From the very start, after I first discovered the Paneros, I felt like their story was one worthy of a novelist's imagination, except the astonishing part was that it wasn't fiction—it was all real. (That said, in certain ways the Paneros' story is a product of their literary imaginations, in how they lived and told stories about their lives, so it's not a coincidence it feels so novelistic.) Yet even an intrinsically good story can be ruined by a bad storyteller, so it was on me to do justice to the scope, complexity, and color of their family history and its intersection with Spain's. So that, I suppose, is when my years of studying and writing fiction came in, and subsequently studying the work of novelistic non-fiction writers like Erik Larson, David Grann, Catherine Bailey, Stacy Schiff, and Emanuel Carrrere, among others. Relying on primary and secondary sources instead of my imagination, I nevertheless still used the tools of fiction: scene creation, dialogue, interiority, physical description, and so on. And of course, I always thought about what the stakes were in any given scene or moment in the story, and where conflicts and tensions emerged from to heighten the drama and hopefully increase the engagement for the reader. These are basic principles of good storytelling, I think, that generally transcend genre, categories, formats, etc.
You mention in the book that in a way, you came to love the Panero family. Throughout the book, the reader can sense your admiration for and fascination with each individual in the family, as though they became, in a way, your family too. Because of that, I found myself as a reader also caring for the family deeply. It made me think about the importance of loving who (or what) you’re writing about. That’s not a question, I know, but perhaps you care to comment or reflect…
Well, to speak to what I think you're getting at, it's impossible to overstate how important it is to write things you're passionate about or obsessed with. The work will always be better because of the writer's connection with the material. Pretty much every time I've ever written something I was meh about it didn't turn out well.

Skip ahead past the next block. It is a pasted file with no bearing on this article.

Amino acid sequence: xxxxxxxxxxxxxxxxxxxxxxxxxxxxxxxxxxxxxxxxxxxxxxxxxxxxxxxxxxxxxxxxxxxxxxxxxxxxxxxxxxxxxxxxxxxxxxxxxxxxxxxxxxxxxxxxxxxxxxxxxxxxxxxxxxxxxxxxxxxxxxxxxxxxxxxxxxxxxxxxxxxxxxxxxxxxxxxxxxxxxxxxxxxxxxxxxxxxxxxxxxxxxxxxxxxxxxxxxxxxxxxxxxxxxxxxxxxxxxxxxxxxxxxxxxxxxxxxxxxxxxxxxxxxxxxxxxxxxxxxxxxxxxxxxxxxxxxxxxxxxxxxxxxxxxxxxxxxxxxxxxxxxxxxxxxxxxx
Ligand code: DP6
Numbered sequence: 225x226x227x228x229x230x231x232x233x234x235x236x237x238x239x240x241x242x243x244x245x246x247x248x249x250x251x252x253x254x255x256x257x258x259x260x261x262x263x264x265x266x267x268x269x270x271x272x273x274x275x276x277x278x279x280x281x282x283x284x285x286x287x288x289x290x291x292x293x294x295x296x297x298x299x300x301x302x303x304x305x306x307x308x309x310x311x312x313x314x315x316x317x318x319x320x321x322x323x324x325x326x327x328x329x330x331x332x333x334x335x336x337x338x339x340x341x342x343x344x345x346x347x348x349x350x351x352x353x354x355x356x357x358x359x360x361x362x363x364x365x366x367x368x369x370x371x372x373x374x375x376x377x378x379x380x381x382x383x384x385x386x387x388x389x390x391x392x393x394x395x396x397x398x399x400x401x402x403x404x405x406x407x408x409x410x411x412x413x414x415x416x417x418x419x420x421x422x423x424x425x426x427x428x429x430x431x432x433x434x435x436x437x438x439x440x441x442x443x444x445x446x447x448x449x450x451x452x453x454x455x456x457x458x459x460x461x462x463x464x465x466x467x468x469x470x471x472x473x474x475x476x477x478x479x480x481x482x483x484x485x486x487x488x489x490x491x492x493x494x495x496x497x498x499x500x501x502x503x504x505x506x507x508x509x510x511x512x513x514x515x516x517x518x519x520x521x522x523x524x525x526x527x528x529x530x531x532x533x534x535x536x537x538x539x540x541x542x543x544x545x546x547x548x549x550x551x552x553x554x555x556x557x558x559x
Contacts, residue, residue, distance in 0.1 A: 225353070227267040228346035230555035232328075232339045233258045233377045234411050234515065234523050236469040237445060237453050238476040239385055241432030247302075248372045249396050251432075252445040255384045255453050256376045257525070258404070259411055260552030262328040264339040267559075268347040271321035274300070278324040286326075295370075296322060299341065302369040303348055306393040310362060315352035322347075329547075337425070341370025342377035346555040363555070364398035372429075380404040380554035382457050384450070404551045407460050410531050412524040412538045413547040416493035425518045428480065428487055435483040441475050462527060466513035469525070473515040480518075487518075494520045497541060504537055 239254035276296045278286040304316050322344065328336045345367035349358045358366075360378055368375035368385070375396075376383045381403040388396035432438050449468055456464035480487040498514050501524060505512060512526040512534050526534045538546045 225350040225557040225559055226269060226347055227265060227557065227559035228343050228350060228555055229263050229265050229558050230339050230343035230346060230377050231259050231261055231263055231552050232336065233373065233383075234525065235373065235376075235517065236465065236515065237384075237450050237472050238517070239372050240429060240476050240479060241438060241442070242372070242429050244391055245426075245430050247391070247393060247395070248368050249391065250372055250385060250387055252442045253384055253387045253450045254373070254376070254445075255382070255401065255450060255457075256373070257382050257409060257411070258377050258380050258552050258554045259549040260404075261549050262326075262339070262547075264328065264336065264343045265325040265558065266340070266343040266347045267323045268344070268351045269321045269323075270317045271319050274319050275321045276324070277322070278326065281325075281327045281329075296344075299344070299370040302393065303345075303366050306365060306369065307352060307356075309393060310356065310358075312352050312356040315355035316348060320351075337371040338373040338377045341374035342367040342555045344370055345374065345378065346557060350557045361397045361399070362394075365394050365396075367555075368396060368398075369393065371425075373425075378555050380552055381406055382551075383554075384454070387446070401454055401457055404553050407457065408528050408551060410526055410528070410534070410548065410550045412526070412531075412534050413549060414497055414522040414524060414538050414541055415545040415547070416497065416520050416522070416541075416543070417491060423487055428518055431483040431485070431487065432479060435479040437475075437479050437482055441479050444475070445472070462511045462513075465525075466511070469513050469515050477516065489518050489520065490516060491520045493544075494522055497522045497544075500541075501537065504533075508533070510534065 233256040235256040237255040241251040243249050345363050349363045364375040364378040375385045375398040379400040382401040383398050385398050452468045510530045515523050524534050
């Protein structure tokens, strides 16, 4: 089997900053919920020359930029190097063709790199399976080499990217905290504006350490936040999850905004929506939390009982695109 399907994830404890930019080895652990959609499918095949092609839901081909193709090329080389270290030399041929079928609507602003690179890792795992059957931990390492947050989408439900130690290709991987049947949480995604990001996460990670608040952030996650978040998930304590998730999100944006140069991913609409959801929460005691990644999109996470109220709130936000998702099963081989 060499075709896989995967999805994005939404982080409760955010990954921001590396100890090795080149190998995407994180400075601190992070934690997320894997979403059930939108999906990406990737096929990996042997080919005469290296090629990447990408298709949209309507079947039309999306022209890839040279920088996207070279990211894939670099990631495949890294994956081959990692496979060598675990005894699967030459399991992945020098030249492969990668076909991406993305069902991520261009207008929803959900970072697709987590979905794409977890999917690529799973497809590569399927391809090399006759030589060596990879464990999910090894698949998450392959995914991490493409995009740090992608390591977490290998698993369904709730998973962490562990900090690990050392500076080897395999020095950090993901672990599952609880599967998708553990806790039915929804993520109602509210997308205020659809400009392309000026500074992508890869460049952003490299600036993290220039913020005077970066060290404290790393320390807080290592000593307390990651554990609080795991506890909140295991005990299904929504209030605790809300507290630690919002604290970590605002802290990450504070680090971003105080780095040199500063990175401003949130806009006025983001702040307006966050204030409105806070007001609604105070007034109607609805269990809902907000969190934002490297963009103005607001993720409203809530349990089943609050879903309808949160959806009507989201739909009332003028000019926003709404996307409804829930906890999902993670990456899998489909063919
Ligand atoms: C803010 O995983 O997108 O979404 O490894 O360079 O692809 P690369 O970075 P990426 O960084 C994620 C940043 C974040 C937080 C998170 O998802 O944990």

In the Prologue, you write that “While monumentally unique, Spain’s story is nonetheless a universal story. With both savagery and grace, it has battled the angles and devils that every person, family, and nation must sooner or later confront: hate and the love, the past and the future, crime and punishment, and remembering and forgetting. History is both individual and collective.” I loved how this comment echoed through time, resonating with a much larger, human experience. While you were working on this book, did you find yourself thinking about what our present experience will look like as history?
It's funny, while writing the book I knew that the history of Spain underlying my narrative echoed with our present historical and political moment (the tensions between democracy and fascism, authoritarianism and freedom, art and politics, etc.), but it was hard for me to understand exactly how they spoke to one another. This was probably because I was so close to the Spanish material on the one hand that I had little distance, and on the other, so close to the present that I had little distance. In the last few months I've finally begun to see some of the links, parallels, and echoes between there and here and then and now, and it's given me some new insights.
Can you give us a peek into what you’re working on now, or next?
I've got a new book proposal coming together for another narrative non-fiction work, but for now I don't want to say more. If it works out, it'll be an exciting project.
Finally, what’s the most important piece of advice you would offer to aspiring writers?
That's so hard. There are so many facets to the writing life. I suppose: Prepare for it to be a long road with more hard work than you ever imagined.
Aaron Shulman is the author of the non-fiction historical narrative The Age of Disenchantments: The Epic Story of Spain’s Most Notorious Literary Family and the Long Shadow of the Spanish Civil War (Ecco/HarperCollins, March 2019). After growing up in Michigan, Aaron attended Johns Hopkins as an undergrad and then the University of Montana, where he received his MFA in creative writing. A former Fulbright scholar, his work has appeared in The Believer, The New Republic, The American Scholar, and the Los Angeles Review of Books, among many other places. An editorial coach, collaborative writer, and developmental editor, he works with Idea Architects Literary Agency to bring the research of visionary scientists and thinkers to a wide readership. Aaron writes a periodic newsletter with reading recommendations that you can sign up for here. He lives with his family in Santa Barbara, California.